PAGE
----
The city's policy specifically states that computers "shall not be used in any way that is offensive, harmful or insulting to any person," and includes a specific prohibition against material that is sexually explicit.


Most of the Police Department's command staff and others in investigative units are assigned laptop computers because of the increased need for paperwork, Fuller said.


An officer who is assigned a laptop assumes full responsibility for the equipment, she said.


Fuller said she couldn't speculate on the precise discipline the allegations could yield, but said it would most likely be "severe," anywhere from a suspension to termination.


Hunt's attorney said his client never tried to erase or hide anything. He was simply removing some personal things and getting the computer prepared to return to the department.


Also, during the time Hunt lived with his girlfriend, other people could have had access to the computer, Rogers said.


Hunt, a 17-year police veteran who was a Midtown patrol commander, was fired in December but has appealed to the city's Civil Service Commission.


According to hundreds of pages of internal investigation files, Hunt leaked information about a witness in the investigation of Dr. Bradley Schwartz and withheld from investigators further details he knew about the slaying of Dr. David Brian Stidham. He has denied any wrongdoing.


Fuller said the department has guidelines and procedures in place against misconduct, but "some people chose to break the rules."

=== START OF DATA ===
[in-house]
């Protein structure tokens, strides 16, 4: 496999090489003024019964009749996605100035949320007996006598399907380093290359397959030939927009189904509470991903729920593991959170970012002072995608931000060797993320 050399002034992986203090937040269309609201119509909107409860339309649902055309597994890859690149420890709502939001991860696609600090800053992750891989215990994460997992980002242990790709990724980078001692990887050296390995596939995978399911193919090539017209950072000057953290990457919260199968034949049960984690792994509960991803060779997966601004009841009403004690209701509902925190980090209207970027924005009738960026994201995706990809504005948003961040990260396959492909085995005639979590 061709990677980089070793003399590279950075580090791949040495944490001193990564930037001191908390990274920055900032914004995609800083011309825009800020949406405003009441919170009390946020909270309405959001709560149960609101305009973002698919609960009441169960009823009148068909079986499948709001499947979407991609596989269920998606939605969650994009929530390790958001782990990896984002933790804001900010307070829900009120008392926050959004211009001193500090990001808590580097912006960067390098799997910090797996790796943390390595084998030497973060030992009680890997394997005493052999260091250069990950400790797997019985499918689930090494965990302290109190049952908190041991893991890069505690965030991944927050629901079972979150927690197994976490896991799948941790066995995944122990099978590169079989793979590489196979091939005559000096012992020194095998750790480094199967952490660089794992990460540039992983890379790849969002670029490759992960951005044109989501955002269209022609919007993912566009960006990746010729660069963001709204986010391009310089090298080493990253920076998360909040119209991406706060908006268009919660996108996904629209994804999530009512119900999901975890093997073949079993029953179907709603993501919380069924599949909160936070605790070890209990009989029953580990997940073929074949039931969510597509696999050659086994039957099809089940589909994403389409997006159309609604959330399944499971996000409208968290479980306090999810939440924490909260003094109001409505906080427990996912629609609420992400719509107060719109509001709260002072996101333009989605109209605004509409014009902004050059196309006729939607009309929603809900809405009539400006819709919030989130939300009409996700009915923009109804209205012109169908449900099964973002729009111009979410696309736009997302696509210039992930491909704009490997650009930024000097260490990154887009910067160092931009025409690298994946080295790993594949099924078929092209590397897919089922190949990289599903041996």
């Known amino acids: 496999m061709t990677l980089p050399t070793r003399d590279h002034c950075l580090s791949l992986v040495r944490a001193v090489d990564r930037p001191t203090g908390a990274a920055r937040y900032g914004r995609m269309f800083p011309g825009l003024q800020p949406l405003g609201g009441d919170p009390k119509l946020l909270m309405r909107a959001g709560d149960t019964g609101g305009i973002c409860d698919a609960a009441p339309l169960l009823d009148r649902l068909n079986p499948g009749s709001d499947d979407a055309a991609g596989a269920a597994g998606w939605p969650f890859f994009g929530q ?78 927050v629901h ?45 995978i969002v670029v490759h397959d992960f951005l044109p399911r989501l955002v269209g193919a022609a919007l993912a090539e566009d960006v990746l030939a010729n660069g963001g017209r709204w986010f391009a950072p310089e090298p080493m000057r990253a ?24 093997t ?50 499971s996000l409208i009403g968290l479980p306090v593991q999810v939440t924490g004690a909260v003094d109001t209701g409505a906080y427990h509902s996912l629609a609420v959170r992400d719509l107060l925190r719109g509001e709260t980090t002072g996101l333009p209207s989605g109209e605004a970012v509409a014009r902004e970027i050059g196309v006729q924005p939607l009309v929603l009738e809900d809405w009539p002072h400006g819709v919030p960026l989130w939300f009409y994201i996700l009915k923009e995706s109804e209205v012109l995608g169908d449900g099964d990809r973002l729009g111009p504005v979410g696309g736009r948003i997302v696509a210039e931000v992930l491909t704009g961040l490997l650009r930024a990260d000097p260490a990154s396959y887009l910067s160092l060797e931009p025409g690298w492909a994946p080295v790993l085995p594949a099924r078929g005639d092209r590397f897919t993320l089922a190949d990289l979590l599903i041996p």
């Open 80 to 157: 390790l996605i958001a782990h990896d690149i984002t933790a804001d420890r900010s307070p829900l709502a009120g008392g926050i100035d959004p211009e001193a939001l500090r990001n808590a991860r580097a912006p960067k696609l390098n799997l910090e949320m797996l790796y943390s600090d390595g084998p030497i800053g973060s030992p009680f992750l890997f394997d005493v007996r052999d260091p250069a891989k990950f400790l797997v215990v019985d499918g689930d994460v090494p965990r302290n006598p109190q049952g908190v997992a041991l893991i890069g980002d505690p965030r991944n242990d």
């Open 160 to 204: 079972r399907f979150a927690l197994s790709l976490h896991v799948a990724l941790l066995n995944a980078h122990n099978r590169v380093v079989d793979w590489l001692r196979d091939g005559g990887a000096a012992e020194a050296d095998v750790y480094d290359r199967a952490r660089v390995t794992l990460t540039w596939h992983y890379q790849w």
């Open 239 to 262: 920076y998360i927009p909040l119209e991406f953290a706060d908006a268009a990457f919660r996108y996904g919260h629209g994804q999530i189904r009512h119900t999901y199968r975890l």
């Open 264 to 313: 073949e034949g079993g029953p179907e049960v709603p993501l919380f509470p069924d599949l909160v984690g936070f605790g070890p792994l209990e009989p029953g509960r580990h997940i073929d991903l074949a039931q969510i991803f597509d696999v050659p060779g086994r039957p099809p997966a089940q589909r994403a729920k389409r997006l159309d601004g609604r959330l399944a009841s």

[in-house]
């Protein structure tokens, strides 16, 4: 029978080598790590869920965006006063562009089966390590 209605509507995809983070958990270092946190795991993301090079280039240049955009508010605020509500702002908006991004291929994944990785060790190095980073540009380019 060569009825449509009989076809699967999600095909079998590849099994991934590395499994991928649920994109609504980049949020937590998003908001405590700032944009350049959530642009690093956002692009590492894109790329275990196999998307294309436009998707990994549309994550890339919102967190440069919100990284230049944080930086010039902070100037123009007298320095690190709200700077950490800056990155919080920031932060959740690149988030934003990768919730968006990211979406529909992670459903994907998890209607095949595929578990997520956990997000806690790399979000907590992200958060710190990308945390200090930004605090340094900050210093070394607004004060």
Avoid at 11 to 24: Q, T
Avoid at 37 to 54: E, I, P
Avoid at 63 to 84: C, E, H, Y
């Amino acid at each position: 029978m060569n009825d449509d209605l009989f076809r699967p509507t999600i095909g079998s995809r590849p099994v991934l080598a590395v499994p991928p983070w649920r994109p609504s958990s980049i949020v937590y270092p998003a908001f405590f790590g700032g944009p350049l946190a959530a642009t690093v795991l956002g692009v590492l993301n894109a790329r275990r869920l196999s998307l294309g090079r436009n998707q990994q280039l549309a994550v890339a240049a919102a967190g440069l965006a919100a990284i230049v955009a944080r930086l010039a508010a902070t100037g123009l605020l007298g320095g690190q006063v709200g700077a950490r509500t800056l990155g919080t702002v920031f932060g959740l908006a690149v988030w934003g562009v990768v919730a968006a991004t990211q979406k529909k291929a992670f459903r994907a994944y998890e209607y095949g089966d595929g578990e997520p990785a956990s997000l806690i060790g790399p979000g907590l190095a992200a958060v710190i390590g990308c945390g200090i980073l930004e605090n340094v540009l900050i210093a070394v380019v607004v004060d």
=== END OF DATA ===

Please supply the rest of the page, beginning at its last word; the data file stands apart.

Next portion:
This is the second high-profile incident in just over a year of a longtime police officer suspected of misusing department computers for sexual purposes.


Officer Charles Ken Walter, then a 48-year-old department veteran of 21 years, was arrested in December 2003 after showing up for a meeting he thought he'd arranged with a 16-year-old girl. He was charged with luring a minor for sexual exploitation and computer tampering.


Walter pursued the sexual relationship over the Internet, identifying himself as an officer and writing of acts he would like to perform with her in nearly daily e-mails sent from his work computer.


Walter was in fact communicating with an undercover police officer. All of his contacts came from a city computer, police said.


Walter retired after his arrest. He later pleaded guilty to computer tampering with sexual motives and was sentenced to three years' probation. He must also undergo counseling and must register as a sex offender.


Nobody in the Police Department's command staff was available Friday to comment on how the department guards against officers misusing department computers, Fuller said.


Statistics on previous discipline for such violations were not available Friday.


œ Contact reporter Eric Swedlund at 629-9412 or at eswedlund@azstarnet.com.






No SSN? Use W-7 form to file taxes


Jacqueline Shoyeb

The Arizona Republic

Jan. 21, 2005 12:00 AM